Marina Terragni: “There is a desire to erase women, their bodies, their difference”.<br /><span class='post-summary'>An interview with writer Marina Terragni: Zan bill, the language of inclusion, feminism and transphobia. "I am not a gender, I am a woman".</span>

Marina Terragni: “There is a desire to erase women, their bodies, their difference”.
An interview with writer Marina Terragni: Zan bill, the language of inclusion, feminism and transphobia. "I am not a gender, I am a woman".

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Marina Terragni corrects me straight away: ‘I am not a historic feminist, I am simply a feminist’. For some time, before the DDL Zan (a bill presented by Italian deputy Alessandro Zan) matter became current in Italy, Terragni – writer and philosophy lecturer on contract – has been dealing with one of the most controversial issues in the western feminist world, gender identity: a concept that has divided feminists in two, those who believe that the category of woman should be rethought and extended to include people who are not born biologically female (such as trans women) and those, instead, who think that one cannot be a woman regardless of their bodies so one cannot simply deny biological reality.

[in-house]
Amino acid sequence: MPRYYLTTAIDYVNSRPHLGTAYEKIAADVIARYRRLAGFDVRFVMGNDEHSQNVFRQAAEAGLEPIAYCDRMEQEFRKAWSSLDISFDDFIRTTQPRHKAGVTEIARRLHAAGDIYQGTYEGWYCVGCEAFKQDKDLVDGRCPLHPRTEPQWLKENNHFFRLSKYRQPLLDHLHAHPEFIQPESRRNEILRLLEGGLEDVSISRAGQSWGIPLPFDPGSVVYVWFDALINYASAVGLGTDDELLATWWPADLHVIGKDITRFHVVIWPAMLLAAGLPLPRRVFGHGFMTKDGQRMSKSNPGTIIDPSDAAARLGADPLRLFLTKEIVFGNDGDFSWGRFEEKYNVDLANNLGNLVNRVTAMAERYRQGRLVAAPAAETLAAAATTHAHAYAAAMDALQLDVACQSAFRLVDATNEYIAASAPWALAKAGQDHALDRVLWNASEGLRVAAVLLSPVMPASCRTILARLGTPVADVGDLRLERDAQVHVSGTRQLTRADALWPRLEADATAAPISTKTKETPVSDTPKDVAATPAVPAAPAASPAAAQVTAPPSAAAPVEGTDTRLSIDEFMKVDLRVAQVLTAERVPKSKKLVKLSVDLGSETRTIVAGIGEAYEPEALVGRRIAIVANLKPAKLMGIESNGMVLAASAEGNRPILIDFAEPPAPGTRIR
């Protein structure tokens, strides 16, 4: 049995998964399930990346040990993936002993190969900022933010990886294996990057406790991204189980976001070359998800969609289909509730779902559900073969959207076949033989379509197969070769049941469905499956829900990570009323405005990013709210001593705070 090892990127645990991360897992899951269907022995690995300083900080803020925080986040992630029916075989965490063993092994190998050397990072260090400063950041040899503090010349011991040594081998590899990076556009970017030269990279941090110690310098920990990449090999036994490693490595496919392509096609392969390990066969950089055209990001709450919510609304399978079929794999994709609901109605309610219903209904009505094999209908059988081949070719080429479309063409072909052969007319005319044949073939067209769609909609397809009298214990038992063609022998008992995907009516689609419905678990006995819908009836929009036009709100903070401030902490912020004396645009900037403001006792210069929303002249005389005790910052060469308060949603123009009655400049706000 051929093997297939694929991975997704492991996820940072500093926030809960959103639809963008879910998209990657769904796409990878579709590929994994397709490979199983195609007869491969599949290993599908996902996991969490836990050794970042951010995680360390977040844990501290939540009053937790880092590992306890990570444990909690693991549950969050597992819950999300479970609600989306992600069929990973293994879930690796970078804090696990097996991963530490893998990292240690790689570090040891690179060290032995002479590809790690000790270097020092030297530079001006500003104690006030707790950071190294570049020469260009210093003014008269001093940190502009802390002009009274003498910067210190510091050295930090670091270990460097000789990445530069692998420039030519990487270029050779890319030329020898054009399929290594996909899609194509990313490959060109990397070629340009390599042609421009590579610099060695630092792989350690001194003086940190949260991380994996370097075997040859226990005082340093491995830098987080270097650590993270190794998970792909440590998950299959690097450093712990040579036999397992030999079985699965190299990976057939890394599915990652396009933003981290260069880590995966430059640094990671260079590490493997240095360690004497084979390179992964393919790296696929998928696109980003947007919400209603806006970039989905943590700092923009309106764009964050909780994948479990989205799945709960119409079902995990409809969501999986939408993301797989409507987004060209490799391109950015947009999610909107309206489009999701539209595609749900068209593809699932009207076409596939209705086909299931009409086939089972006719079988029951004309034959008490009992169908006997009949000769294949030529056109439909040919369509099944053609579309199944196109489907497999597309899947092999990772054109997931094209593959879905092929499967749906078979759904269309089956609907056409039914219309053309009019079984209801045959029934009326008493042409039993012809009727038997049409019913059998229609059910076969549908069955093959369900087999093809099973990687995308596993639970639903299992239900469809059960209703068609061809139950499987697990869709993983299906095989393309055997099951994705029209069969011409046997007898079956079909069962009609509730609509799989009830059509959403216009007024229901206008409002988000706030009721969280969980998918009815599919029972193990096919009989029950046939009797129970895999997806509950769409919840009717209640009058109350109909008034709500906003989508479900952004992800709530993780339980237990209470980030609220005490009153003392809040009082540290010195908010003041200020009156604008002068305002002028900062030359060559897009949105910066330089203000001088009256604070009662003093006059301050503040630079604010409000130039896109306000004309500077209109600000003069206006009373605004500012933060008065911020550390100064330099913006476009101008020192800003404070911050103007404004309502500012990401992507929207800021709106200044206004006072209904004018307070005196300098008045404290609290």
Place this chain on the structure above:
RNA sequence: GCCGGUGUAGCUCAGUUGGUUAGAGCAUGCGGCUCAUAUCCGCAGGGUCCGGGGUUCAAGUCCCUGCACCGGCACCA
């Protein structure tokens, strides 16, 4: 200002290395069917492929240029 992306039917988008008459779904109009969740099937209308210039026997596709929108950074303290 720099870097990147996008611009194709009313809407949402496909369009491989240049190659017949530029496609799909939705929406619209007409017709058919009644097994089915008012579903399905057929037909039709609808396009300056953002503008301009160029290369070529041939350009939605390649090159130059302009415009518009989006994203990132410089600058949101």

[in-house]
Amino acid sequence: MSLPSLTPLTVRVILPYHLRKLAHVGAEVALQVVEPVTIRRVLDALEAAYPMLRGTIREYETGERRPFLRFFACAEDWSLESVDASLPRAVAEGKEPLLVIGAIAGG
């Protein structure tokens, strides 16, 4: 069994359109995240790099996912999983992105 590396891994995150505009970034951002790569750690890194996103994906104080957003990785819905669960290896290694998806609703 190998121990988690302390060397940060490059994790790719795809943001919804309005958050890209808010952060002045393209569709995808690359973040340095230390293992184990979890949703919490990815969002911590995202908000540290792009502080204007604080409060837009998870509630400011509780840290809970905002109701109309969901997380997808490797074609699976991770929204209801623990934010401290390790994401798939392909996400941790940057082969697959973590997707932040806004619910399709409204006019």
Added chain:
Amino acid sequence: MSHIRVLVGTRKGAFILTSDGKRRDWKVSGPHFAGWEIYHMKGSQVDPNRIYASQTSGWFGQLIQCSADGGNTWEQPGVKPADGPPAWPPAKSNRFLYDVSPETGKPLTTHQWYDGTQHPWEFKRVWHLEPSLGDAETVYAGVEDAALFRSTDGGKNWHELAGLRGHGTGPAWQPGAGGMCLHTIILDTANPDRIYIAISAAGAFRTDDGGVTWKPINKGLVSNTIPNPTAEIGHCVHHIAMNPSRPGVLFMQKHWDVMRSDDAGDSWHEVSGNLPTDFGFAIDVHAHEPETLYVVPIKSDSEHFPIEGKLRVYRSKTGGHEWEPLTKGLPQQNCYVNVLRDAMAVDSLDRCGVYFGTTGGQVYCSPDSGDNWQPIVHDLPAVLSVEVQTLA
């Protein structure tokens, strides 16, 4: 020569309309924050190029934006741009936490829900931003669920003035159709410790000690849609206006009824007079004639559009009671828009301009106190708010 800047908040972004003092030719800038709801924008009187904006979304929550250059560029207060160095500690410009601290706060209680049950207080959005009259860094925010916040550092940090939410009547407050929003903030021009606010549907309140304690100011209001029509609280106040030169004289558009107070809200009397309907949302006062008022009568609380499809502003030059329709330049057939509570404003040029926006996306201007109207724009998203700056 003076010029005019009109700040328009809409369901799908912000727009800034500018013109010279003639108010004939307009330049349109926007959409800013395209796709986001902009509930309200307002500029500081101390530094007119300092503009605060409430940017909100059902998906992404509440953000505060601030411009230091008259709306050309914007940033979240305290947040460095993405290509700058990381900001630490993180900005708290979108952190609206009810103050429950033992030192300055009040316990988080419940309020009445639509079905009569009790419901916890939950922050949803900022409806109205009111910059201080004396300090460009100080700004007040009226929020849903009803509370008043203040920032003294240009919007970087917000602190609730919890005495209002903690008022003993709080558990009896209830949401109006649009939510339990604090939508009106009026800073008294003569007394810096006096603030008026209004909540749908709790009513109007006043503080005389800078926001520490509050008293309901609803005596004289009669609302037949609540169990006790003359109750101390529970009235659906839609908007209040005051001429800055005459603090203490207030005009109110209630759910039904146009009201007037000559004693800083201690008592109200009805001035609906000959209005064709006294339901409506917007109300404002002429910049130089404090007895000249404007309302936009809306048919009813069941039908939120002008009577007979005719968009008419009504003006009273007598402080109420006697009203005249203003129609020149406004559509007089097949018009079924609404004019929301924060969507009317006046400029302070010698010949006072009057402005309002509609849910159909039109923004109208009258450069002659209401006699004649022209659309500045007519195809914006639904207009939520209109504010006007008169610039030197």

“Even in Spain,’ says Terragni, ‘a bill is being discussed whereby anyone can self-declare their gender identity, i.e. say they are male or female, regardless of their birth sex. In Italy, there is not even a real discussion on the issue. The subject has been surreptitiously introduced into a bill, that of Mr Zan, which aims to combat violence against homosexuals and transsexuals, about which nobody has any objections, of course; while there is much to object and to be said about gender identity, not least that I am not a gender, but I am a woman. Why can’t we talk about this freely in Italy?”.

The concept of gender identity was coined in the 1990s by the American philosopher Judith Butler in her essay Gender Troubles, in which she argued not only that gender is constructed by the social norm, but that there is no biological sex pre-existing to gender, i.e. that even sex (male, female) is a social construction. The dispute might seem academic were it not for the fact that, especially in America, support for these theories is at the root of a cultural war that has resulted in slander, dismissal and marginalisation. “The news”, says Terragni, “is that intolerance is also taking root in Italy”.